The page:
Being Well by Doing Good

A simple Google search will return many nuanced variations to the terms doing well, being well, doing good, and being good. I established my perspective on this concept in an earlier blog, Being versus Doing. While Doing and Being are related, it is the order they come in that is critical. Society likes to define who we are by what we do and accomplish. Instead, what we do should flow from who we are.

The terms “doing good” and “doing well” also have different meanings. “Doing good” refers to “performing good deeds.” Contrastingly, “doing well” refers to “how you are” or your “state of being.” When asked, “how are you doing?” I avoid the typical response of “good’ by always answering “well.”

Aristotle originated the concept of eudaimonia. The state or condition of good spirit, or well-being. He thought that true happiness is found by leading a virtuous life and doing what is worth doing. Eudaimonic theories of well-being assert the importance of achieving one’s full potential through engagement in meaningful endeavors. Eudaimonic behaviors are related to greater well-being. Doing good is an important avenue by which people create meaningful and satisfying lives.

Buddhist monk and psychologist Jack Kornfield said in an interview, cultivating a joyful spirit can help not only us, but the people around us—especially when things are hard. “Our gift to the world comes as much through our being and presence, our smile and touch, our sense of possibility and the mystery of human life, as it does in the specifics of what we do.”

We can all practice the elements to a more sustained well-being, like gratitude, mindfulness, and compassion. Taking care of our well-being need not be entirely a selfish pursuit. People with high well-being are more likely to care about the problems of the world and take action to alleviate suffering. They tend to be more involved citizens— they vote, volunteer, and participate in community activities. They are optimistic and have high levels of trust.

Being well is an evaluation against our true north or purpose, not necessarily scoring the merits of our actions. Doing good and being well must work hand in hand. In sports, Lance Armstrong and Barry Bonds were driven to do great things, yet their actions were less than ethical. Consider ENRON and its need for financial achievements. Good deeds while still sinning.

People are eager to do virtuous side projects instead of simply living life honorably. The mantra “Give back” is a compassionate and noble thing. But, amid $20 million second homes and seldom used $1 million private jets, giving back is a joke, made to relieve a slightly troubled conscious with relatively inexpensive good deeds. Generally, these have little impact on the fundamentals of one’s life.

Ever since Benjamin Franklin counseled Americans to “do well by doing good,” individuals and companies have debated the proper mix of capitalism and philanthropy in society. Businesses want to be well through investing in social impact, sustainability, and philanthropy. They would fund a thousand buzzwordy programs rather than fundamentally alter their own behavior. Doing the right things, on the front end, would involve real sacrifice. Instead, it’s easier to focus on pet projects and initiatives. For example, does the world need more food companies donating playgrounds to children, or rather reformed food companies that don’t profit from fattening children?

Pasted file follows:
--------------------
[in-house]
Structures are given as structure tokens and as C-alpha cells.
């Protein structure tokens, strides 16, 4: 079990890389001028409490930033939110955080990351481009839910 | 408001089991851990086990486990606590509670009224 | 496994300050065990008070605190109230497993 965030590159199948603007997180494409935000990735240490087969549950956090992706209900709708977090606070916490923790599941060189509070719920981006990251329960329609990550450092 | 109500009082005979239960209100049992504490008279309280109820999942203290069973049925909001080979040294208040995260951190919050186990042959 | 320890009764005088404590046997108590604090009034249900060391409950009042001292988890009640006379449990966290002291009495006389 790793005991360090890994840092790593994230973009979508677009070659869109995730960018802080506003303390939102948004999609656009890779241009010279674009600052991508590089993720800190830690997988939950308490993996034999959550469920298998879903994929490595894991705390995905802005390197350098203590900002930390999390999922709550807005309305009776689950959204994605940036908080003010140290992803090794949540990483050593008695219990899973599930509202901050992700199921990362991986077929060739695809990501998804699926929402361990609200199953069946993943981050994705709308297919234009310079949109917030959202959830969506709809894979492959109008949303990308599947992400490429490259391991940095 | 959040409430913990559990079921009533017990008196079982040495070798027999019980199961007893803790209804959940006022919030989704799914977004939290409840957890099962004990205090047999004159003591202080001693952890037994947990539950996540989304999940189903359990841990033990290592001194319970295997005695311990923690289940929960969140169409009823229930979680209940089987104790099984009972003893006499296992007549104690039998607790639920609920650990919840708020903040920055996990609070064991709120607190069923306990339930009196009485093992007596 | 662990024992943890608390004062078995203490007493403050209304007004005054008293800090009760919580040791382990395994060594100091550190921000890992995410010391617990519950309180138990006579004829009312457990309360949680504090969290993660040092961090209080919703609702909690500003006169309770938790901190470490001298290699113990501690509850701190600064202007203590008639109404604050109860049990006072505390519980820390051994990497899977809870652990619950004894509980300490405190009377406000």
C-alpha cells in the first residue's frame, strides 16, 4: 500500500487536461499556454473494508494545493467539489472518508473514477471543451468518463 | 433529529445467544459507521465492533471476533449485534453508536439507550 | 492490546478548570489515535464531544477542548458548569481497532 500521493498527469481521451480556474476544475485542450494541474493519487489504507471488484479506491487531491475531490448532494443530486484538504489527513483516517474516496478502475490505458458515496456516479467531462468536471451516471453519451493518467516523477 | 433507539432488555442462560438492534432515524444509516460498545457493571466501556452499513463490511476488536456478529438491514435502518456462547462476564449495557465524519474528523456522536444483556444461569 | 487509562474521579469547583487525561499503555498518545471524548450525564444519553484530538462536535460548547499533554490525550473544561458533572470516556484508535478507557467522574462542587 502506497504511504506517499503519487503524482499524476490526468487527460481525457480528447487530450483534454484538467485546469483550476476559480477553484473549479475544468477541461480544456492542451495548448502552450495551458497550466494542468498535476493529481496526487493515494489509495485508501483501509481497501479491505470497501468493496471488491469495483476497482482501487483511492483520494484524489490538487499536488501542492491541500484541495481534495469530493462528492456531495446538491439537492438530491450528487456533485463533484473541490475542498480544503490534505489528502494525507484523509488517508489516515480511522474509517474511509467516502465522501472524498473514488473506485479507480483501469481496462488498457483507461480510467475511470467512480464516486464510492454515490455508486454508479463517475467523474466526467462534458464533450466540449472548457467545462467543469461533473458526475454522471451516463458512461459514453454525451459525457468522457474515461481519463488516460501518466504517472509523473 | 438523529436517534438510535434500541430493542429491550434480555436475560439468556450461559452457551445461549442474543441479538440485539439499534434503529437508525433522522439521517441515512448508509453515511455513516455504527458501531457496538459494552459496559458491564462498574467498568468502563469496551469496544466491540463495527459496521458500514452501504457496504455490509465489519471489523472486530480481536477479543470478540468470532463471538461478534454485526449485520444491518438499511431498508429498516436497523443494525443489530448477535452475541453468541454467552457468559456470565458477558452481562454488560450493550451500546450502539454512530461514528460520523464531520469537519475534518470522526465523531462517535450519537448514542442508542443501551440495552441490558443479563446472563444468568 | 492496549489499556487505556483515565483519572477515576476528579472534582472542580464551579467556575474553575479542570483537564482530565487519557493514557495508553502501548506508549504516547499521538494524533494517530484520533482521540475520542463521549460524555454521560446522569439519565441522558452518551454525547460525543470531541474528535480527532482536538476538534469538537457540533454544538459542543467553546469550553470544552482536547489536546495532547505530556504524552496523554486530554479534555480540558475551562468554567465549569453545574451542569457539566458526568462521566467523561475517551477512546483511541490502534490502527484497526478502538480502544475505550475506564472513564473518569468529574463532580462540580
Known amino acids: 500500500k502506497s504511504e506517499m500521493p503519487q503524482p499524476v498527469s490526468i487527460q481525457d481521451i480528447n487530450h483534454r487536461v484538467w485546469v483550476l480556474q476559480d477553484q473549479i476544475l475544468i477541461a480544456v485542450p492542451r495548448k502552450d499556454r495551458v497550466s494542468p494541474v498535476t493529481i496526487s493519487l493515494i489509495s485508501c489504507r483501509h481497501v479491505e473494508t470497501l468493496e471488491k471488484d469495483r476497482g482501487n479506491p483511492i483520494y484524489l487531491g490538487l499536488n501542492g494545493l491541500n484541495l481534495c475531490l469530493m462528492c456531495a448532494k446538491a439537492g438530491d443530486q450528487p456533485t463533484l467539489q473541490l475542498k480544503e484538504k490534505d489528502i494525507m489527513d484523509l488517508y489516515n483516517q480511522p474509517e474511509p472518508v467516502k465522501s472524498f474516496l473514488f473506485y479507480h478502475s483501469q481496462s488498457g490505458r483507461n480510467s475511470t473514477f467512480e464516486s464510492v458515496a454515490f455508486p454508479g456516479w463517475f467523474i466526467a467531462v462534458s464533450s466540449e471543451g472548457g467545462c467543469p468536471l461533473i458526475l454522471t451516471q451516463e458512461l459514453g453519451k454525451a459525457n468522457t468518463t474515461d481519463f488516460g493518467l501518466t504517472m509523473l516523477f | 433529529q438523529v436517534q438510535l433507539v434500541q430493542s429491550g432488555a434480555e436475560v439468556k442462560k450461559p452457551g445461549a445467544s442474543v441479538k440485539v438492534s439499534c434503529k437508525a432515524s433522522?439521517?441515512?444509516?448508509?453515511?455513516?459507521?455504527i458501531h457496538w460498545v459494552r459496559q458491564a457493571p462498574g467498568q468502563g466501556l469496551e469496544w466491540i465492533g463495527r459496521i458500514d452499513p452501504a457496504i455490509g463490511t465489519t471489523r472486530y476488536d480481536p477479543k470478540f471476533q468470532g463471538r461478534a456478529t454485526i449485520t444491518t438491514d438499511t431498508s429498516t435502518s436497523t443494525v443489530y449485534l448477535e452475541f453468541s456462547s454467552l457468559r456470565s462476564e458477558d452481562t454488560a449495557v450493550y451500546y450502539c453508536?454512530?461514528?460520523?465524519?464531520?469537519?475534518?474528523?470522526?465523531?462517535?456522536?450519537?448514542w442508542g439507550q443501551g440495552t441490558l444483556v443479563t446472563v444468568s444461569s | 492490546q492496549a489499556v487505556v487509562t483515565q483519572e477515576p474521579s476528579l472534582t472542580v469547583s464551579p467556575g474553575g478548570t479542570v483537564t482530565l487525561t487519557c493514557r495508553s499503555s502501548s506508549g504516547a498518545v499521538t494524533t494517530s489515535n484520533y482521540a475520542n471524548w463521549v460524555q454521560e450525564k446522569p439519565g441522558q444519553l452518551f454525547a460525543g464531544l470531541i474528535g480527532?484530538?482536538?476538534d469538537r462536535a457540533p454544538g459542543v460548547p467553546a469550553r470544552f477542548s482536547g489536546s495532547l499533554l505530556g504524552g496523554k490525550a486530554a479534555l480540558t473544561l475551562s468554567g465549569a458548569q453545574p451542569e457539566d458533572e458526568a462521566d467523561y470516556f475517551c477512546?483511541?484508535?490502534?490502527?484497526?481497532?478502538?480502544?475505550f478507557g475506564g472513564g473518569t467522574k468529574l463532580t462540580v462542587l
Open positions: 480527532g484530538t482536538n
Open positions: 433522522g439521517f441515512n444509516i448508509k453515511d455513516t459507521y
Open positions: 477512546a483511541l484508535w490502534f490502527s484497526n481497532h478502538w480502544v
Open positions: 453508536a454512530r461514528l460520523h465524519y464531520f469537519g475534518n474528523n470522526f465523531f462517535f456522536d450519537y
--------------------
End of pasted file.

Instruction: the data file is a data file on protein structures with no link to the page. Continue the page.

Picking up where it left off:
While there is a business case for doing good, an organization must make a conscious decision to prioritize this over the long term. A growing body of evidence shows that ethical companies outperform financially over time. Translating a future outcome into short-term planning metrics is dubious. They must emphasize the intangible and existential over the specific and measurable.

A definition of love is willing the good of another. The more compassionate we are with others, the more we experience their compassion and the more likely we are to survive and flourish. When we love our neighbor as ourselves, it results in loving ourselves more. This will then enable us to love our neighbor even more, which enables us to love ourselves more. A self-feeding loop.

The only words we need to hear are, “Well Done Good and Faithful Servant.” Fr. Emil Kapaun was a military chaplain and POW of the Korean War who died at the young age of 35. Called a “shepherd in combat boots” his selfless efforts on the battlefield and devotion to his regiment in the prison camp, arose from his commitment to be a servant of God. He earned the Medal of Honor, posthumously, and is on the path to canonization in the Catholic Church. “One life to live, will soon be past. Only what’s done for Christ will last.”

In Acts 10:38, Peter described Jesus as one who “went about doing good and healing all those oppressed by the devil, for God was with him.” The snare of the devil is also referred to in 2 Timothy 2:26, which notes that to be rescued from deception and sin, we must return to our senses (repent – do good) and come to a knowledge of the truth (be well).

A line from the FCA Competitor’s Creed is taken direct from Galatians 6:8-9, “Because the one who sows for his flesh will reap corruption from the flesh, but the one who sows for the spirit will reap eternal life from the spirit. Let us not grow tired of doing good, for in due time we shall reap our harvest, if we do not give up.” This builds off scripture from the Old Testament in Micah 6:8, “You have been told, O mortal, what is good, and what the LORD requires of you: Only to do justice and to love goodness, and to walk humbly with your God.”

As a Christian, being well and doing good must work hand in hand. Achieving our full potential and purpose here in man’s world requires we be well, love God, and know the Truth while we do good, love our neighbor, and move His kingdom forward.

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